New British Prime Minister Theresa May announced six members of her Cabinet Wednesday.

Amid a sweeping crackdown on dissent in Egypt, security forces have forcibly disappeared hundreds of people since the beginning of 2015, according to a new report from Amnesty International.

It's an "unprecedented spike," the group says, with an average of three or four people disappeared every day.

The Republican Party, as it prepares for its convention next week has checked off item No. 1 on its housekeeping list — drafting a party platform. The document reflects the conservative views of its authors, many of whom are party activists. So don't look for any concessions to changing views among the broader public on key social issues.

Many public figures who took to Twitter and Facebook following the murder of five police officers in Dallas have faced public blowback and, in some cases, found their employers less than forgiving about inflammatory and sometimes hateful online comments.

As Venezuela unravels — with shortages of food and medicine, as well as runaway inflation — President Nicolas Maduro is increasingly unpopular. But he's still holding onto power.

"The truth in Venezuela is there is real hunger. We are hungry," says a man who has invited me into his house in the northwestern city of Maracaibo, but doesn't want his name used for fear of reprisals by the government.

The wiry man paces angrily as he speaks. It wasn't always this way, he says, showing how loose his pants are now.

Ask a typical teenage girl about the latest slang and girl crushes and you might get answers like "spilling the tea" and Taylor Swift. But at the Girl Up Leadership Summit in Washington, D.C., the answers were "intersectional feminism" — the idea that there's no one-size-fits-all definition of feminism — and U.N. climate chief Christiana Figueres.

Copyright 2016 NPR. To see more, visit

Copyright 2016 NPR. To see more, visit

Copyright 2016 NPR. To see more, visit

Copyright 2016 NPR. To see more, visit


With De Palma, Too Much 'Passion' Is Precisely Enough

Aug 29, 2013

A pivotal moment in Passion, Brian De Palma's resplendent erotic thriller, centers on a splash of red.

An obvious color, maybe, but one that matters because the scene leading up to it — a tour de force of suspenseful montage that cuts between one character watching a ballet and another preparing for bed — is defined visually by the dark-blue canvases of the dance piece's set, and by the way they blend into the increasingly conspicuous blue filters used to film the rest of the scene.

So while many elements contribute to the tension leading up to the scene's conclusion, ultimately that sudden red is as shocking and brilliant as the actual event it represents in the plot. And the finesse of such an exacting use of color is just one element pointing to the presence of a master director behind the camera.

De Palma is such a dazzling stylist that for most of Passion, you'll find it perfectly acceptable to let the visuals wash over you, paying only passing attention to the plot, which follows the conniving, backstabbing relationship between ad-agency colleagues Christine (Rachel McAdams) and Isabelle (Noomi Rapace).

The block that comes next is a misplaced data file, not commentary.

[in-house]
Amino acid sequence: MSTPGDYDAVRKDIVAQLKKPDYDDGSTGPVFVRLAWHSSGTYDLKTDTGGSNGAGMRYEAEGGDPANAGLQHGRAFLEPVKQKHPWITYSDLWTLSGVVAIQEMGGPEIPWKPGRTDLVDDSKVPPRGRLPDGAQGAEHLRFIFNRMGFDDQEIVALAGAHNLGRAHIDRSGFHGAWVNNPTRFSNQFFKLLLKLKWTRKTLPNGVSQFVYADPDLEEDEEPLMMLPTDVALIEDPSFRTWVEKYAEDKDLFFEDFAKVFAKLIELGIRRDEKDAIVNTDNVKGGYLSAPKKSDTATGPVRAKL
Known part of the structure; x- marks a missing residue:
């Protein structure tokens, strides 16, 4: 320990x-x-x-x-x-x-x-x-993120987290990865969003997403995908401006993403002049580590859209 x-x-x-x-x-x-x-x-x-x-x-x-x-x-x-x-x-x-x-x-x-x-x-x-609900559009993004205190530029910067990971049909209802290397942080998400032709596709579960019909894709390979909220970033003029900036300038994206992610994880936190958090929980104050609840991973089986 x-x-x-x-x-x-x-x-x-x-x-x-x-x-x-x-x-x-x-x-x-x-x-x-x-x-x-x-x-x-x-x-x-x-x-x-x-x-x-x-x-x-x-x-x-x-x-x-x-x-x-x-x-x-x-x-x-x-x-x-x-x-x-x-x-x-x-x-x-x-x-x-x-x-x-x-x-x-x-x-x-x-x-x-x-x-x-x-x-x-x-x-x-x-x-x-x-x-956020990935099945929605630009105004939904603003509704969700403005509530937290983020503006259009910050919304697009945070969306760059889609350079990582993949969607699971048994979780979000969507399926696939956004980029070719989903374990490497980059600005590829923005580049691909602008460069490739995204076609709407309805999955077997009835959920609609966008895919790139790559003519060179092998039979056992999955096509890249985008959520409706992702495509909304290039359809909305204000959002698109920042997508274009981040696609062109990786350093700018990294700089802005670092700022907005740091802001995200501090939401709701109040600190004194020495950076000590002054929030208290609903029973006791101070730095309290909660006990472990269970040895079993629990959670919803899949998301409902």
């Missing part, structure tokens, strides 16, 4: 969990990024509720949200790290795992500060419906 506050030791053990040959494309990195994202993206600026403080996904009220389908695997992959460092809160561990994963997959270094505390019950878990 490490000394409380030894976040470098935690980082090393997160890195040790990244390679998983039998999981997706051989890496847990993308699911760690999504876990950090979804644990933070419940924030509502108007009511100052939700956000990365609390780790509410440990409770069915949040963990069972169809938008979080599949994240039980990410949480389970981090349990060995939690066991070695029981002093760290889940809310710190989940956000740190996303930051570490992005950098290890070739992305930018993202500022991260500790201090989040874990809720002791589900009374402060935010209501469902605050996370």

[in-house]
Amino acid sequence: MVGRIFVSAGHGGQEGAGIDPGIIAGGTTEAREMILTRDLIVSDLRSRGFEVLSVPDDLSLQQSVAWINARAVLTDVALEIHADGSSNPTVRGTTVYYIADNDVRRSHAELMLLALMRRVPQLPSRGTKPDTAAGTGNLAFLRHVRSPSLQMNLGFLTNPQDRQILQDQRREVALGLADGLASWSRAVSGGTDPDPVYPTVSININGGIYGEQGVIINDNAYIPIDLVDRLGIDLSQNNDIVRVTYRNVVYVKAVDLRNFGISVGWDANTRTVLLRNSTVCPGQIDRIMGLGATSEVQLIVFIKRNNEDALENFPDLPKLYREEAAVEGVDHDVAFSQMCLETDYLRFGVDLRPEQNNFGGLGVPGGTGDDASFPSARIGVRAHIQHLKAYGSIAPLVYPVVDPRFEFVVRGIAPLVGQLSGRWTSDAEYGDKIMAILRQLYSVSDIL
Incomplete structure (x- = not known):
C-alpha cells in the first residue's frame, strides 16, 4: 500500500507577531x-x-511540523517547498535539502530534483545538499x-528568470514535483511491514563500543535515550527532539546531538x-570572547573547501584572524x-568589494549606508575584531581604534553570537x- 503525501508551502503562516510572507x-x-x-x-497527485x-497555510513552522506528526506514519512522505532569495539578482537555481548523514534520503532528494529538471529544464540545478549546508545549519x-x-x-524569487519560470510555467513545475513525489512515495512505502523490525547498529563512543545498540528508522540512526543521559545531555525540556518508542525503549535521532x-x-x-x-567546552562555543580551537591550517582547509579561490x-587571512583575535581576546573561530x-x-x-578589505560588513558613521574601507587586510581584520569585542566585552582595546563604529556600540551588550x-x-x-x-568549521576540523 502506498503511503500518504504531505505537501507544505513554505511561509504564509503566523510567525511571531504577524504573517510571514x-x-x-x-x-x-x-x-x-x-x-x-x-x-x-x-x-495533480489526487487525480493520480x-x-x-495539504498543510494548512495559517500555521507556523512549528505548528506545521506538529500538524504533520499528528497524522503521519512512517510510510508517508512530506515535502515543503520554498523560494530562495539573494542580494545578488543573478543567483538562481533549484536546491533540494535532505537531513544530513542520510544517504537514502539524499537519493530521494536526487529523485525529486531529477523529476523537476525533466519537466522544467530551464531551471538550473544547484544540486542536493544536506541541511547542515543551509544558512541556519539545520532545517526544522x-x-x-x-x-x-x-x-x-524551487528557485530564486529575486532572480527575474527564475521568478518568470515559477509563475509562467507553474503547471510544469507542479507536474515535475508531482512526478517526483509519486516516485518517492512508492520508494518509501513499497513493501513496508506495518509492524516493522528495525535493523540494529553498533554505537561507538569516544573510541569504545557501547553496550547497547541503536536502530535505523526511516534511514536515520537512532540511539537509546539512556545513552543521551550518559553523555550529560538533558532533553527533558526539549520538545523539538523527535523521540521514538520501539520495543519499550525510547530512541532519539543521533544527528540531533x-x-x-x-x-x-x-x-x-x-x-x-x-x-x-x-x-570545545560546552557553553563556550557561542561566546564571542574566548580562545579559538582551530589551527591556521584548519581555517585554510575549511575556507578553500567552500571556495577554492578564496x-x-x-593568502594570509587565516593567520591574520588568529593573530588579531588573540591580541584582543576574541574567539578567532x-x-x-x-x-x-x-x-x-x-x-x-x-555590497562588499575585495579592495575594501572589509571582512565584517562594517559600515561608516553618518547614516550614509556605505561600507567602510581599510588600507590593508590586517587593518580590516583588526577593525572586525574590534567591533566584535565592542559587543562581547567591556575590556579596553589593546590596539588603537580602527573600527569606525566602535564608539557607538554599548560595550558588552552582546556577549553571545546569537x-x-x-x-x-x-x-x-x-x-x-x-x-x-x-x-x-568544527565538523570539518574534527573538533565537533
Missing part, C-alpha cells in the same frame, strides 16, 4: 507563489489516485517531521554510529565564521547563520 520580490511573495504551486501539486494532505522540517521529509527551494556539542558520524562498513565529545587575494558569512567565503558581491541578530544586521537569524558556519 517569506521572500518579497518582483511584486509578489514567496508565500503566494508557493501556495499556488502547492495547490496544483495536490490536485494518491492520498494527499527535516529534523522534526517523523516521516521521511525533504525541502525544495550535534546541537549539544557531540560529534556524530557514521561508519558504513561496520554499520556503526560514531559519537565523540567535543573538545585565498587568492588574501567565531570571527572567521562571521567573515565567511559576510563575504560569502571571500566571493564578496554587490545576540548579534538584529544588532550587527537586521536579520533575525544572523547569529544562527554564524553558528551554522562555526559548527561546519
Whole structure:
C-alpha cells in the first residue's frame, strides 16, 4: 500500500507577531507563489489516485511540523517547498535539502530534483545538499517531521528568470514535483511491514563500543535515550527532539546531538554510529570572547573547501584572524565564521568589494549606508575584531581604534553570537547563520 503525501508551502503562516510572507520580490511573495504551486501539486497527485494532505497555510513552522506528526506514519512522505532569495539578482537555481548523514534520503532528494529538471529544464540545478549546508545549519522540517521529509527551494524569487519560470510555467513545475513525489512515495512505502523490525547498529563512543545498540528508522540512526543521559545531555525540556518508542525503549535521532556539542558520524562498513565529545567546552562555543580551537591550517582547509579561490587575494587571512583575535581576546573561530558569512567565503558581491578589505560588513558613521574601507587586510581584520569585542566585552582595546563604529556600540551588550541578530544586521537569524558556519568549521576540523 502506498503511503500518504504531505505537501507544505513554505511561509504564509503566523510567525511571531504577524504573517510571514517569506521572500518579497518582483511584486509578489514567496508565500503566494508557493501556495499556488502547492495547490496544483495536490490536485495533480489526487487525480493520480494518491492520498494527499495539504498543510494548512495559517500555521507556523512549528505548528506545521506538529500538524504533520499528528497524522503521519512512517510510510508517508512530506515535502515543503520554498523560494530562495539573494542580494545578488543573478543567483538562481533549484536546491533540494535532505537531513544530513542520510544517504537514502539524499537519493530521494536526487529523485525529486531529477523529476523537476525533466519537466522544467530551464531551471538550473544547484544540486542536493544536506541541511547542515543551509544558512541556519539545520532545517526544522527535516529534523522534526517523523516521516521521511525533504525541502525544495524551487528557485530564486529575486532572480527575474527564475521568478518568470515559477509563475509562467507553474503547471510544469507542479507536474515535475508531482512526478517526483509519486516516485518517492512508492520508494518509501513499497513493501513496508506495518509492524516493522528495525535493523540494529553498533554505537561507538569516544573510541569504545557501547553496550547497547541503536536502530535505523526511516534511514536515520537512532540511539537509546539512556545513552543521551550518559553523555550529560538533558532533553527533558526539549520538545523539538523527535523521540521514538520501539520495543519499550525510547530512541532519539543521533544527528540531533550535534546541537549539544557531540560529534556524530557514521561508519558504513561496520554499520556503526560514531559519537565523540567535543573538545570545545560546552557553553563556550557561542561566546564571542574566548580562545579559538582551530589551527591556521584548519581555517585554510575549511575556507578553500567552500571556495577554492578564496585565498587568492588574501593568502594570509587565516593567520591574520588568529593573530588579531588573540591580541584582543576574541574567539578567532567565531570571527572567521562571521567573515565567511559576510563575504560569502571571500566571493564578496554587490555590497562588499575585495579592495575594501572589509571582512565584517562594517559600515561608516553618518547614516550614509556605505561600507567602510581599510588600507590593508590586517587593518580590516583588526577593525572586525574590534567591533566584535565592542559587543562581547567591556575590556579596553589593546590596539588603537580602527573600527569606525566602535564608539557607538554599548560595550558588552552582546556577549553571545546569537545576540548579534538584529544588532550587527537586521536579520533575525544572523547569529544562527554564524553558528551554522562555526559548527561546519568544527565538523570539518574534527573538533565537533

A betrayal early on in the film — Christine takes credit for Isabelle's successful commercial idea — sets off a series of increasingly dramatic paybacks, which unravel in the style of Basic Instinct. (Or, more recently, Side Effects.)

If that amounts to a dearth of innovation, De Palma has no intentions of apologizing for it. Passion is replete with homage, and in love with its own overblown drama. Its score by turns harks back to the rich orchestrations of Hitchcock films and the smooth saxes of '80s thrillers; its performances are utterly unnatural, but of course so are the characters. McAdams in particular does a fine job as the cold Christine, relishing the cutthroat viciousness of her lines.

In its first half, the film is also a study in fine-tuned pacing, never rushing through the setup and meticulously building suspense off of McAdams and Rapace's chemistry. If the second half proves unsurprising about its "shocking" revelations, that's hardly worth complaining about here: It's all genre, after all. What drags the movie down, rather, is that, unlike Steven Soderbergh's tightly wound Side Effects, De Palma lets some slack loosen up the line of his plot as he goes through the motions of his third act.

Most of these criticisms bounce straight off the film, however, since it's fairly clear that Passion's script — adapted by De Palma from the French thriller Crime d'amour -- is largely a vehicle for beautiful design and visual flair. De Palma's shots are an utter delight for their precision; Christine's fuchsia dresses punch against the primary colors of the ultramodern office in which she works. Even the characters' hair colors are planned for maximum visual appeal: Christine, Isabelle and Isabelle's inquisitive assistant form a complementary trio of blonde, brunette and redhead.

As the film goes on, De Palma's cinematography becomes increasingly audacious, his framing tilted on odd angles, his camera swooping into tight close-ups or smoothly slithering after the characters. That this all gives the film a significant artificiality has its opposite positive: Passion is also emphatically cool.

In all these respects, De Palma resembles Pedro Almodovar, another director working in or paying homage to time-tested genres, and one who can be counted on to pull you in through his mastery of style even when his films get too outlandish.

Passion has its excesses, but it revels in them — and you know there's not a drop more or less excess than De Palma wanted. Amid all the beauty, it's this rigor and control that ultimately prove such a pleasure.

Copyright 2014 NPR. To see more, visit